Are Roundabouts Safer than Intersections?

By Pyle Law, Reviewed by E. THomas Pyle February 13 2023 3:57 pm

Are Roundabouts Safer than Intersections?

By Pyle Law, Reviewed by E. THomas Pyle February 13 2023 3:57 pm
Are Roundabouts Safer than Intersections?

As an alternative to traffic lights and stop signs, roundabouts reduce the risk of accidents. The tight circle of a roundabout slows the driver. Therefore, the three most dangerous intersection crashes–right-angle, left-turn, and head-on collisions–are notably reduced.

In addition, because of the flow of traffic, pollution and congestion decrease. Less idling means fewer pollutants and less money paid for fuel.

Generally, pedestrians are safe in roundabouts, as traffic goes in one direction when people cross. Because the crossing distances are shorter, driving speeds are reduced.


Defining the Roundabout

As a circular intersection with safety and efficiency features, the modern roundabout has become increasingly popular. Its origins can be traced back to the 1960s when it was developed and introduced in the UK. Today, it is widely used in many countries, including the United States.

In the U.S., vehicles use a counterclockwise pattern around a raised center island when entering and exiting roundabouts. The oncoming traffic yields to the traffic already there. 

Entering vehicles in urban areas negotiate a sharp curve, which reduces their speed to about 15 to 20 miles per hour.

In rural locations, cars travel at a slightly higher speed (about 30 to 35 mph). In either case, the traffic remains slower and more stable. 


More About Roundabout Safety

Roundabouts make it easier to maintain an efficient and safer traffic flow in and out of an area. As drivers approach the roundabout, they are forced to slow down, keeping an eye out for possible collisions with other cars in the circle. 

They also need to reduce their speed when watching for cyclists and pedestrians. Autos can then take the proper exits with more ease inside the circle.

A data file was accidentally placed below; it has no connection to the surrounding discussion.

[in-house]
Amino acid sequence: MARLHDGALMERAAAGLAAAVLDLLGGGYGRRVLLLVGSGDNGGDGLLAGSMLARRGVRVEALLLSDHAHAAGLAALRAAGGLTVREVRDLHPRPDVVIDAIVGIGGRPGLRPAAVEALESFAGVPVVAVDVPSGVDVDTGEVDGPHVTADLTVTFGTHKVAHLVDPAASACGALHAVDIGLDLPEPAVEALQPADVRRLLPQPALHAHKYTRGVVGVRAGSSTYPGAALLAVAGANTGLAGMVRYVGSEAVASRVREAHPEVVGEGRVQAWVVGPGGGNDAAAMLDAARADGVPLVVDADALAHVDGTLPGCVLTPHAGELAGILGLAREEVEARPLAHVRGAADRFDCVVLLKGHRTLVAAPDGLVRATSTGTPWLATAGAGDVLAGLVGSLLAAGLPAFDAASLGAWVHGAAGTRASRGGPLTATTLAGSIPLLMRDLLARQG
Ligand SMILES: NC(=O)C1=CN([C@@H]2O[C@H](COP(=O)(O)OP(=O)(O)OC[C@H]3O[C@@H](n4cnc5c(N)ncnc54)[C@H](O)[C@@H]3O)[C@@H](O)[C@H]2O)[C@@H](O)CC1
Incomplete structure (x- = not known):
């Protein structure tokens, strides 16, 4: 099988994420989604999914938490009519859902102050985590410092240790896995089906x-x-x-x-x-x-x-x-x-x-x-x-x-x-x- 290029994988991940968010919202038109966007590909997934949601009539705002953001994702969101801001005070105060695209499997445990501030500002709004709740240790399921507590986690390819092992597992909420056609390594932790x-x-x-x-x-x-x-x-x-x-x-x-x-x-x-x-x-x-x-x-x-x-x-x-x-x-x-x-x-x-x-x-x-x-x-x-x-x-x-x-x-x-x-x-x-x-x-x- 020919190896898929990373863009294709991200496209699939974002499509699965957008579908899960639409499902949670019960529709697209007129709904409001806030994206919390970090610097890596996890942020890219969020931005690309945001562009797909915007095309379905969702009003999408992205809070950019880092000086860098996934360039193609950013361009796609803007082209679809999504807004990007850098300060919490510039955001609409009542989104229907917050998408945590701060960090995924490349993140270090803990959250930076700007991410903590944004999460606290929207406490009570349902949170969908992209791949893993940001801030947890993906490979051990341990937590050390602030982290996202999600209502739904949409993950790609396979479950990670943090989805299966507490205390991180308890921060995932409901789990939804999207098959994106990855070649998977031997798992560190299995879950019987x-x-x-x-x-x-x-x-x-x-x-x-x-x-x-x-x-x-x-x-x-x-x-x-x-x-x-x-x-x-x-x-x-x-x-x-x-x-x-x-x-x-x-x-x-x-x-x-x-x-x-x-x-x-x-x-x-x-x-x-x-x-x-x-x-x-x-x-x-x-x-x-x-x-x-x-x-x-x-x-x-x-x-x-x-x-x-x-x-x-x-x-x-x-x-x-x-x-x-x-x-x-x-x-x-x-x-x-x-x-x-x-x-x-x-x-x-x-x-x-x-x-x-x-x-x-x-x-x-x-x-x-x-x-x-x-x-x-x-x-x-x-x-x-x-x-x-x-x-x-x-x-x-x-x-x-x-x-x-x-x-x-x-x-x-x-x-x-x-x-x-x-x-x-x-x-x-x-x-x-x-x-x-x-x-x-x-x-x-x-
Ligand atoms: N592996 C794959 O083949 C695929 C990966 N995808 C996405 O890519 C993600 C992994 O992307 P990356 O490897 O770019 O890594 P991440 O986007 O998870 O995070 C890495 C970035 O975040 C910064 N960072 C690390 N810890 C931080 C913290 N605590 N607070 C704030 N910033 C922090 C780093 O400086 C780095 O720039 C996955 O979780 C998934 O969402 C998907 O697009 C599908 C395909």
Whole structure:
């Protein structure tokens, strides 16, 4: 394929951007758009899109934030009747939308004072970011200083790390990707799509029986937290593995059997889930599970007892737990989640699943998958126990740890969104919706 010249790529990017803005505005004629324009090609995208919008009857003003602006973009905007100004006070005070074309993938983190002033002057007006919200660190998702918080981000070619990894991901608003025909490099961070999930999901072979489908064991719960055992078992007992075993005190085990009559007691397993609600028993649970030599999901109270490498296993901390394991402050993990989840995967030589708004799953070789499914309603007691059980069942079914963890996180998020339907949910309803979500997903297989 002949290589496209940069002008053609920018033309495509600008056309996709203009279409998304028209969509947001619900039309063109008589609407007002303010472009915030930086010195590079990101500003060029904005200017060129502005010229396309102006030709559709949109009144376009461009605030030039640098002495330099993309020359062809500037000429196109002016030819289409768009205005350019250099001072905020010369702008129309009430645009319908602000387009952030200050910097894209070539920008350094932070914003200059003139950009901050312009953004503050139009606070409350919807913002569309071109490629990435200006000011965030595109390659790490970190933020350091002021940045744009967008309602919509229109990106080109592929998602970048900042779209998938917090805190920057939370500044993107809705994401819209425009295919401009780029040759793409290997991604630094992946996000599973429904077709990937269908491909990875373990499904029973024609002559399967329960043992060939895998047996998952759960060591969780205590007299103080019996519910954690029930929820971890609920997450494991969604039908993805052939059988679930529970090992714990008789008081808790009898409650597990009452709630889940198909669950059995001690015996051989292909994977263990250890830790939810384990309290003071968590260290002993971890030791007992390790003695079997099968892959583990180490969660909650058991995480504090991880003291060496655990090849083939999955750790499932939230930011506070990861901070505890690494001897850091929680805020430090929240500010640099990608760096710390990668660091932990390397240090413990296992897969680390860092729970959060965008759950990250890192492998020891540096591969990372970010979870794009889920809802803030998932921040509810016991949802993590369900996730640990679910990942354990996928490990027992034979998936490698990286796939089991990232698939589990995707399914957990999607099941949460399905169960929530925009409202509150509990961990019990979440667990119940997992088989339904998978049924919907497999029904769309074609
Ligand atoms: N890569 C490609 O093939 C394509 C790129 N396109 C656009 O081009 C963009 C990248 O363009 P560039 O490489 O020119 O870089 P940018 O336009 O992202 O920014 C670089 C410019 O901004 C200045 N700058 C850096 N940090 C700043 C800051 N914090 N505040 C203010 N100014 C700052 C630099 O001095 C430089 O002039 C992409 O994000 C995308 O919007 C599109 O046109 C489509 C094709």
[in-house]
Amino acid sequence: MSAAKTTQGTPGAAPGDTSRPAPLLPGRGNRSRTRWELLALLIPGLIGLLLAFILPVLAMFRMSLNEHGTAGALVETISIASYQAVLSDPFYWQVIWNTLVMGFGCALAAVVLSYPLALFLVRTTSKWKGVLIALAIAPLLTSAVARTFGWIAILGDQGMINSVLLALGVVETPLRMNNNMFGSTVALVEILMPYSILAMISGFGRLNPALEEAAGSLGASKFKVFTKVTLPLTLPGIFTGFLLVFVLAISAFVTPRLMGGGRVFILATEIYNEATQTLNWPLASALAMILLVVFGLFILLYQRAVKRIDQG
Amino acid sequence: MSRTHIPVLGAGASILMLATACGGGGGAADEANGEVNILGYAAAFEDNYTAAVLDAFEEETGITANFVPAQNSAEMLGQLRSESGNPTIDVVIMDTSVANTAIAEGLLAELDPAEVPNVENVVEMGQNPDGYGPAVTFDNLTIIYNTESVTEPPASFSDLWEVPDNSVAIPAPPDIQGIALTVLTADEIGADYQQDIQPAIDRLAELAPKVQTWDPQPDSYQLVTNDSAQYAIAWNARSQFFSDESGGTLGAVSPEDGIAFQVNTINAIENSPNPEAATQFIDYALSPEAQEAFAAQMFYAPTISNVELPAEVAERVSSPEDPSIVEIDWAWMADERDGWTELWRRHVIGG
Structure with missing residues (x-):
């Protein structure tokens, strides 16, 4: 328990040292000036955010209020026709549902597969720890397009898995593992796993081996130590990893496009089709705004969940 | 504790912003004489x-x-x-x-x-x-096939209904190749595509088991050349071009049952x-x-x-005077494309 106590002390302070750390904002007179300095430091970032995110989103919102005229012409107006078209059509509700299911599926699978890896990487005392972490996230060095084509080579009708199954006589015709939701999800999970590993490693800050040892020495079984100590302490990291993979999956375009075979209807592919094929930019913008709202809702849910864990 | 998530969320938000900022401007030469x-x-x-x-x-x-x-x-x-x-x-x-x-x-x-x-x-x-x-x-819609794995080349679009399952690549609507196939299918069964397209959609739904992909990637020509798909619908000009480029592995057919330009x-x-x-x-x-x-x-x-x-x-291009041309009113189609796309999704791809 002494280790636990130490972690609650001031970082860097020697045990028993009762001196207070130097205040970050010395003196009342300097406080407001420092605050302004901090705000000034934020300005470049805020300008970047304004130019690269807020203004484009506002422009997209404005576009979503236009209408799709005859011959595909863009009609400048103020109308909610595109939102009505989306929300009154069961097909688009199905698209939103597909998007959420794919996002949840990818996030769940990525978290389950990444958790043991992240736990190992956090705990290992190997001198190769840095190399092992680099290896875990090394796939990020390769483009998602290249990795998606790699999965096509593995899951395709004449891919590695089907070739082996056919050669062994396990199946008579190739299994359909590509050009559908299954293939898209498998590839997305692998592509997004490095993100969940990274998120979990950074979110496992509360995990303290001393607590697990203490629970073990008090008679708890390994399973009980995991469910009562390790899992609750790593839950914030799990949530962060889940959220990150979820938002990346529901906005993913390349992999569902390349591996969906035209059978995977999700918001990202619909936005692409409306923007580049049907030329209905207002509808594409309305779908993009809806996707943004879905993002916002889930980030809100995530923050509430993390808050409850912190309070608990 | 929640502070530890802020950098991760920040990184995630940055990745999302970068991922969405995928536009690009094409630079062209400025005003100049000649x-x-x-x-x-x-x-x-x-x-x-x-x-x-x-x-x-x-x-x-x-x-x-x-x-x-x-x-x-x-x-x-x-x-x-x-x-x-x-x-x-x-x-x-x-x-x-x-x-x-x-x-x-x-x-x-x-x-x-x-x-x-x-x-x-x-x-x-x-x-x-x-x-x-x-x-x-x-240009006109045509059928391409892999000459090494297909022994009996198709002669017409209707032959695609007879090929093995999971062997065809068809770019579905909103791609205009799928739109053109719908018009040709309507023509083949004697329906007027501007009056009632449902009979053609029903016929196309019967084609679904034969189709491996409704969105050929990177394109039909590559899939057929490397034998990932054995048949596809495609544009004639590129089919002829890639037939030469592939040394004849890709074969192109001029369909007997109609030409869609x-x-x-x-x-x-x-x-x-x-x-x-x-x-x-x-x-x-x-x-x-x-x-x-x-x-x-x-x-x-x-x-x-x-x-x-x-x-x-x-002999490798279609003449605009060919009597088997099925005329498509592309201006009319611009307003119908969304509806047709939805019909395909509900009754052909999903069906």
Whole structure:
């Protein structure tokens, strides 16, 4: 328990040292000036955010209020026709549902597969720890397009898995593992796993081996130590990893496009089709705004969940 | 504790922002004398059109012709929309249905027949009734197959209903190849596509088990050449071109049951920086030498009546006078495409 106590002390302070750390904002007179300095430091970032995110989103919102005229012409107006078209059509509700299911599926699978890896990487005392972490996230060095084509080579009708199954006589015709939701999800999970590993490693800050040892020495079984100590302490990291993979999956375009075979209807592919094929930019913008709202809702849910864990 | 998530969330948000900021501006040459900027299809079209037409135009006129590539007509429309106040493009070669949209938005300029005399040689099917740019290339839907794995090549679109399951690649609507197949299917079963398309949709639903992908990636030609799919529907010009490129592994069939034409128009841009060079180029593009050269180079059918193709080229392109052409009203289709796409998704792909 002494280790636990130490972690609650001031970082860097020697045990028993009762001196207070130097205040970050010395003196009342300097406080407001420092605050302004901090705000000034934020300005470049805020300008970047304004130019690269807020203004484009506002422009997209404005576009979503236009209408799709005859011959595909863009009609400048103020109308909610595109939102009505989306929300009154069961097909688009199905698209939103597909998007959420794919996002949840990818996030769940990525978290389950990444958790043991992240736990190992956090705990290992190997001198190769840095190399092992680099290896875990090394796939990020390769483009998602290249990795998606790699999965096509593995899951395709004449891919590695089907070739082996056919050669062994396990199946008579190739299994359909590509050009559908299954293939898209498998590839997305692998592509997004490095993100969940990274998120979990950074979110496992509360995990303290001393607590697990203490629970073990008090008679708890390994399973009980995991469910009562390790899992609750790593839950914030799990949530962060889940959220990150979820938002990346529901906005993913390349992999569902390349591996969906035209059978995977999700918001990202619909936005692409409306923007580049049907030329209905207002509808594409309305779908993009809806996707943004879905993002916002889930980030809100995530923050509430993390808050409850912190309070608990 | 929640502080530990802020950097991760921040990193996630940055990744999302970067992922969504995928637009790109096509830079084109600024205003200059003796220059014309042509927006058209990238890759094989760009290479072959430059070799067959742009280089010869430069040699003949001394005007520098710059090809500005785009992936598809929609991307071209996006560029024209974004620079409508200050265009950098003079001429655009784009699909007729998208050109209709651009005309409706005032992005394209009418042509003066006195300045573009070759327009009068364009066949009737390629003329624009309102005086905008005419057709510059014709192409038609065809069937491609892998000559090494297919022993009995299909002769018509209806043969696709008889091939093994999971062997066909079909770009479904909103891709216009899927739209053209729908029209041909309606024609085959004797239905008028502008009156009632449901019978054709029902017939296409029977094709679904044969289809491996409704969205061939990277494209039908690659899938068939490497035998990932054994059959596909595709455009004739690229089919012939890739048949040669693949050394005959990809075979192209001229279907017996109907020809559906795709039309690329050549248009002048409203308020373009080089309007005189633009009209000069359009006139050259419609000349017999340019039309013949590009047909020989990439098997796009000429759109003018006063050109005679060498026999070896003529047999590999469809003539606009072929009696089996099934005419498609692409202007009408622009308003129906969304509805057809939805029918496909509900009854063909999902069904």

As noted, collisions at right angles, left turns, and head-on are typical at traditional intersections with stop signs or traffic signals. 

Generally, vehicles move at a higher speed through intersections. Therefore, these types of collisions can cause significant damage.

The lower speeds and uniform traffic flow in a roundabout reduce the risk of serious accidents.

When accidents do take place, they typically happen when a car enters the roundabout from a side street. Mishaps in multi-lane roundabouts typically occur during exiting.


What the Studies Reveal

U.S. studies of intersections, and where roundabouts replaced intersections with stop signs and traffic signals, showed a major reduction in crashes with injuries (38%) and a significant reduction in all vehicle crashes (76%). Collisions that led to fatalities were reduced by as much as 90%.

Severe accidents, according to reports from Europe and Australia, were lowered by 45% to 75%.

Studies related to roundabouts in the U.S. have been directed mainly to single-lane structures. Two-lane roundabouts have had smaller reductions in collisions when compared to single-lane roundabouts.

That’s because pedestrians find it more difficult to cross in a multi-lane roundabout. Research shows that drivers fail to yield to pedestrians more often in multi-lane roundabouts. 

Also, drivers leaving a roundabout are less prone to yield to pedestrians than motorists entering a roundabout. 

Investigators reviewing roundabout safety in the U.S. found that the most common types of collisions involved entering-circulating, exiting-circulating, and rear-end crashes. 

Again, most accidents in single-lane roundabouts involved entering-circulating collisions, while exiting-circulating crashes made up most of the collisions in multi-lane roundabouts.


Call a Personal Injury Attorney in Kansas About Your Car Accident Claim

If you live in Kansas and have been involved in an auto accident, contact an experienced personal injury attorney about your car accident claim. You have the right to file a claim if you’re 50% or less at fault. Contact Pyle Law at 620-241-9000 to schedule a free consultation today.


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Pyle Law was founded in 1999 with a commitment to fewer clients and better service. We believe that each and every client is important and everyone is entitled to justice and equal protection under our laws. We make every case a priority and are committed to keeping each client informed about the status of their case. We do not guarantee results, but we do guarantee effort.


This page has been written, edited, and reviewed by a team of legal writers following our comprehensive editorial guidelines. This page was approved by attorney E. Thomas Pyle who has more than 20 years of legal experience as a practicing personal injury trial attorney.